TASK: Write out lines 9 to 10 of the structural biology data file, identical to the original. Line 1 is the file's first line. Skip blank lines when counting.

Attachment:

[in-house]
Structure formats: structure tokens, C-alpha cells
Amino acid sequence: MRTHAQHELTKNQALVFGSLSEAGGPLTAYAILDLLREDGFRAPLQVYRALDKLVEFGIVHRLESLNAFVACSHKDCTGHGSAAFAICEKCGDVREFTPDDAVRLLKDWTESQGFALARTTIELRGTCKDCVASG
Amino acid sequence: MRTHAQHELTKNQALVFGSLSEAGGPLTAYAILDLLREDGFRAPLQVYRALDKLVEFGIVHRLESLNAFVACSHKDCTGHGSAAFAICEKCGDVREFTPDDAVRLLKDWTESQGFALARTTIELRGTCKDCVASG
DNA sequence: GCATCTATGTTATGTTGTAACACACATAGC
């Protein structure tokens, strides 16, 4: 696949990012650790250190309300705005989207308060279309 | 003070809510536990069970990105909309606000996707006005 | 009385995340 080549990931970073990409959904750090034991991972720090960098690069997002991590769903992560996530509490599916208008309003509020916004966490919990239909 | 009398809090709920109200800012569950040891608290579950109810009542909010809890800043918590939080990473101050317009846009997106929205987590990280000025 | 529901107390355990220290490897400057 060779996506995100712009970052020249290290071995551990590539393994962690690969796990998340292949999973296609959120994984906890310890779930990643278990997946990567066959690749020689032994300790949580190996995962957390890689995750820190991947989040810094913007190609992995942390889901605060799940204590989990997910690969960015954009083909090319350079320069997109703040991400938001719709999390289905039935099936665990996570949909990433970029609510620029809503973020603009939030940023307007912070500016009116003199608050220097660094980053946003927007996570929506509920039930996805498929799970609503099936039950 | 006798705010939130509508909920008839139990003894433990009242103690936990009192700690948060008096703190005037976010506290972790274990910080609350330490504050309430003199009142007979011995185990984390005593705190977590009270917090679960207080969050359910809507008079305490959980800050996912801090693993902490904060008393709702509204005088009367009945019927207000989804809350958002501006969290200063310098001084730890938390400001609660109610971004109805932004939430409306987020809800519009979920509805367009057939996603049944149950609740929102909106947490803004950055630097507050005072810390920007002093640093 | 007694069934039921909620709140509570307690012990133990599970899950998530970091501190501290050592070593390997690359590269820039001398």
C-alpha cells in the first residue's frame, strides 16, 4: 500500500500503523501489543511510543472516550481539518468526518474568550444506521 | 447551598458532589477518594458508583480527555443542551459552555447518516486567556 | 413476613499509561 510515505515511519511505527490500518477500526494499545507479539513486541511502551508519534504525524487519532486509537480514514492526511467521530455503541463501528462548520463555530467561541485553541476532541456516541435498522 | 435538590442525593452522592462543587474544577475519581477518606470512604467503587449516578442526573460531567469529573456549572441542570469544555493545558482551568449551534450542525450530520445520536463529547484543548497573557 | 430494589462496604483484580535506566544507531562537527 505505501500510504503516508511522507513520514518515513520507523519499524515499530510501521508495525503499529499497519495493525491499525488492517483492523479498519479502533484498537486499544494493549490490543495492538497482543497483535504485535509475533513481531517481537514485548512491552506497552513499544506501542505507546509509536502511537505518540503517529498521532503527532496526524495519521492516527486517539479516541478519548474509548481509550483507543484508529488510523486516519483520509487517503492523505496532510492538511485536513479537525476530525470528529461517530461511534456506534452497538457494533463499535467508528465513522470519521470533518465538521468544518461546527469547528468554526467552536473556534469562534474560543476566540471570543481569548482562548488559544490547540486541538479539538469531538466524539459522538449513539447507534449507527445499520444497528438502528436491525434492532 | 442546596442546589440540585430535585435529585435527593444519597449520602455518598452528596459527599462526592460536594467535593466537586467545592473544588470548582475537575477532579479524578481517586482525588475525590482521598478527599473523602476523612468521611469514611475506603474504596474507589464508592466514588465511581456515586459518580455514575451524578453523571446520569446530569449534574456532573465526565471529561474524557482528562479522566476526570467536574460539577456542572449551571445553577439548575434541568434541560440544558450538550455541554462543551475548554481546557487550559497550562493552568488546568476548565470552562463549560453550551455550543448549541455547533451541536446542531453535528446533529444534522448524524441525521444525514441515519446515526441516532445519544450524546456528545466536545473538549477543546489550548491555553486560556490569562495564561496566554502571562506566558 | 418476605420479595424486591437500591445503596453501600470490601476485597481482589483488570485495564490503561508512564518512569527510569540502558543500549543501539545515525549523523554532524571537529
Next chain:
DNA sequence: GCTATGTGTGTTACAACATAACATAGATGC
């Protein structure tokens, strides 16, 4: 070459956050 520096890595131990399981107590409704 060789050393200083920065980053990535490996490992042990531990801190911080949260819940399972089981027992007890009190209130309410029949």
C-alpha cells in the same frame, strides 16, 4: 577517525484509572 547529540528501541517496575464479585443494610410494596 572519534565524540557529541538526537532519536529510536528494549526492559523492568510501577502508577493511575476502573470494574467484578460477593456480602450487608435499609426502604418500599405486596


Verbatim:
DNA sequence: GCTATGTGTGTTACAACATAACATAGATGC
């Protein structure tokens, strides 16, 4: 070459956050 520096890595131990399981107590409704 060789050393200083920065980053990535490996490992042990531990801190911080949260819940399972089981027992007890009190209130309410029949």